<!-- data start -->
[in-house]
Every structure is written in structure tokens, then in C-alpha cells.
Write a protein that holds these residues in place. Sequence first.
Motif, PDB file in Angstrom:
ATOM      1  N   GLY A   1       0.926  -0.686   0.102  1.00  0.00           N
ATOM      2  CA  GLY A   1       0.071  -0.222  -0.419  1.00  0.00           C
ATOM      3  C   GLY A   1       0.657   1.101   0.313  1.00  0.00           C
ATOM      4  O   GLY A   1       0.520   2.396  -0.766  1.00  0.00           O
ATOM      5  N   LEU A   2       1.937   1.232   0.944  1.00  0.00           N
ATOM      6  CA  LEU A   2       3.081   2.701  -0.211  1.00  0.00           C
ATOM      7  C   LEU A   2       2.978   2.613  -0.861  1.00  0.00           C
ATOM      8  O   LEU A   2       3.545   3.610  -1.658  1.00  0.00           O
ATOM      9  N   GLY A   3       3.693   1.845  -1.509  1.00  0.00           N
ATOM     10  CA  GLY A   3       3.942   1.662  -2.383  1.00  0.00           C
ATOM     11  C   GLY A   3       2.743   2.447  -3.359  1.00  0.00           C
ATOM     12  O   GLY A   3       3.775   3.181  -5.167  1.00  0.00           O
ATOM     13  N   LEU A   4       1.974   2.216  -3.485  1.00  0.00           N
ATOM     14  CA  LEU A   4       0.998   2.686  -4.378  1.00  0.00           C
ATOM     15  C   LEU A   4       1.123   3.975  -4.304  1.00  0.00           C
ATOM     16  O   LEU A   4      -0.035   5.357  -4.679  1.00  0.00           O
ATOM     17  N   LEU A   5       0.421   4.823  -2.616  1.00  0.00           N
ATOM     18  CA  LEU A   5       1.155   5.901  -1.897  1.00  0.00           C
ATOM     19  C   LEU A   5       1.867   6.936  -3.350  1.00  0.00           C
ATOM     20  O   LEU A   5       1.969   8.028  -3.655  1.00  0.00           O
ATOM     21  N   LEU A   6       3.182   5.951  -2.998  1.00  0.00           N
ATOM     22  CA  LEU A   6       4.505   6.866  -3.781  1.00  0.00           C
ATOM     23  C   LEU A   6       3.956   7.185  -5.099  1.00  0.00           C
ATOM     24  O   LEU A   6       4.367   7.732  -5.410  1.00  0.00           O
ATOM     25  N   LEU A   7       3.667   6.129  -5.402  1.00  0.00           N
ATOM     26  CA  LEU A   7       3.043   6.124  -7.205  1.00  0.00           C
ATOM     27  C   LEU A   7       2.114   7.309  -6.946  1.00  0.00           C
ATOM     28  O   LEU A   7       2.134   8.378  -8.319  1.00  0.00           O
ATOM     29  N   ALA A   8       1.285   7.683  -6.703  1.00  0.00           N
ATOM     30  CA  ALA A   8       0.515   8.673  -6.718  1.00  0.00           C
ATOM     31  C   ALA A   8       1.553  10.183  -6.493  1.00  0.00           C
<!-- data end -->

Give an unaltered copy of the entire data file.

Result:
[in-house]
Every structure is written in structure tokens, then in C-alpha cells.
Write a protein that holds these residues in place. Sequence first.
Motif, PDB file in Angstrom:
ATOM      1  N   GLY A   1       0.926  -0.686   0.102  1.00  0.00           N
ATOM      2  CA  GLY A   1       0.071  -0.222  -0.419  1.00  0.00           C
ATOM      3  C   GLY A   1       0.657   1.101   0.313  1.00  0.00           C
ATOM      4  O   GLY A   1       0.520   2.396  -0.766  1.00  0.00           O
ATOM      5  N   LEU A   2       1.937   1.232   0.944  1.00  0.00           N
ATOM      6  CA  LEU A   2       3.081   2.701  -0.211  1.00  0.00           C
ATOM      7  C   LEU A   2       2.978   2.613  -0.861  1.00  0.00           C
ATOM      8  O   LEU A   2       3.545   3.610  -1.658  1.00  0.00           O
ATOM      9  N   GLY A   3       3.693   1.845  -1.509  1.00  0.00           N
ATOM     10  CA  GLY A   3       3.942   1.662  -2.383  1.00  0.00           C
ATOM     11  C   GLY A   3       2.743   2.447  -3.359  1.00  0.00           C
ATOM     12  O   GLY A   3       3.775   3.181  -5.167  1.00  0.00           O
ATOM     13  N   LEU A   4       1.974   2.216  -3.485  1.00  0.00           N
ATOM     14  CA  LEU A   4       0.998   2.686  -4.378  1.00  0.00           C
ATOM     15  C   LEU A   4       1.123   3.975  -4.304  1.00  0.00           C
ATOM     16  O   LEU A   4      -0.035   5.357  -4.679  1.00  0.00           O
ATOM     17  N   LEU A   5       0.421   4.823  -2.616  1.00  0.00           N
ATOM     18  CA  LEU A   5       1.155   5.901  -1.897  1.00  0.00           C
ATOM     19  C   LEU A   5       1.867   6.936  -3.350  1.00  0.00           C
ATOM     20  O   LEU A   5       1.969   8.028  -3.655  1.00  0.00           O
ATOM     21  N   LEU A   6       3.182   5.951  -2.998  1.00  0.00           N
ATOM     22  CA  LEU A   6       4.505   6.866  -3.781  1.00  0.00           C
ATOM     23  C   LEU A   6       3.956   7.185  -5.099  1.00  0.00           C
ATOM     24  O   LEU A   6       4.367   7.732  -5.410  1.00  0.00           O
ATOM     25  N   LEU A   7       3.667   6.129  -5.402  1.00  0.00           N
ATOM     26  CA  LEU A   7       3.043   6.124  -7.205  1.00  0.00           C
ATOM     27  C   LEU A   7       2.114   7.309  -6.946  1.00  0.00           C
ATOM     28  O   LEU A   7       2.134   8.378  -8.319  1.00  0.00           O
ATOM     29  N   ALA A   8       1.285   7.683  -6.703  1.00  0.00           N
ATOM     30  CA  ALA A   8       0.515   8.673  -6.718  1.00  0.00           C
ATOM     31  C   ALA A   8       1.553  10.183  -6.493  1.00  0.00           C